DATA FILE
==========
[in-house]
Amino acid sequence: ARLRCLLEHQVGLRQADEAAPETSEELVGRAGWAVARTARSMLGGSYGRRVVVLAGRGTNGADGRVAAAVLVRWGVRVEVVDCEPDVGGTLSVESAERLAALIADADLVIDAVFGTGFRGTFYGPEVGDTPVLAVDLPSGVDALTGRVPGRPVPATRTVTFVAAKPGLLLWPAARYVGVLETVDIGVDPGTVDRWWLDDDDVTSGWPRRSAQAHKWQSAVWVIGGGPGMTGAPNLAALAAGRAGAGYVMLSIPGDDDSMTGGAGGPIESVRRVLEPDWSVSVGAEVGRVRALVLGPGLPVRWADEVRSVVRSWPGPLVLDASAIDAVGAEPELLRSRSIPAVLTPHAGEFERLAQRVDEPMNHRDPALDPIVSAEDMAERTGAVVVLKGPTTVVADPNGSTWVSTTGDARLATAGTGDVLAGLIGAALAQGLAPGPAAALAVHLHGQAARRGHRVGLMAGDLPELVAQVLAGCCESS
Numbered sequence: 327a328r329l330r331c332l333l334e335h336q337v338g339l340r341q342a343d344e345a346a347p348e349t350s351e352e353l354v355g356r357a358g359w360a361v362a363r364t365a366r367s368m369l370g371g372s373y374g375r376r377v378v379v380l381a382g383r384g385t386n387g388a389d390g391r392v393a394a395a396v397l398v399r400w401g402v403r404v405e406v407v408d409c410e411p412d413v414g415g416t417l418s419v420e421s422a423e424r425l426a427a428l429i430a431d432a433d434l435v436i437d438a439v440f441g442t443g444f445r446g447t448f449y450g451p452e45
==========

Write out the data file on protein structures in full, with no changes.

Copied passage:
[in-house]
Amino acid sequence: ARLRCLLEHQVGLRQADEAAPETSEELVGRAGWAVARTARSMLGGSYGRRVVVLAGRGTNGADGRVAAAVLVRWGVRVEVVDCEPDVGGTLSVESAERLAALIADADLVIDAVFGTGFRGTFYGPEVGDTPVLAVDLPSGVDALTGRVPGRPVPATRTVTFVAAKPGLLLWPAARYVGVLETVDIGVDPGTVDRWWLDDDDVTSGWPRRSAQAHKWQSAVWVIGGGPGMTGAPNLAALAAGRAGAGYVMLSIPGDDDSMTGGAGGPIESVRRVLEPDWSVSVGAEVGRVRALVLGPGLPVRWADEVRSVVRSWPGPLVLDASAIDAVGAEPELLRSRSIPAVLTPHAGEFERLAQRVDEPMNHRDPALDPIVSAEDMAERTGAVVVLKGPTTVVADPNGSTWVSTTGDARLATAGTGDVLAGLIGAALAQGLAPGPAAALAVHLHGQAARRGHRVGLMAGDLPELVAQVLAGCCESS
Numbered sequence: 327a328r329l330r331c332l333l334e335h336q337v338g339l340r341q342a343d344e345a346a347p348e349t350s351e352e353l354v355g356r357a358g359w360a361v362a363r364t365a366r367s368m369l370g371g372s373y374g375r376r377v378v379v380l381a382g383r384g385t386n387g388a389d390g391r392v393a394a395a396v397l398v399r400w401g402v403r404v405e406v407v408d409c410e411p412d413v414g415g416t417l418s419v420e421s422a423e424r425l426a427a428l429i430a431d432a433d434l435v436i437d438a439v440f441g442t443g444f445r446g447t448f449y450g451p452e45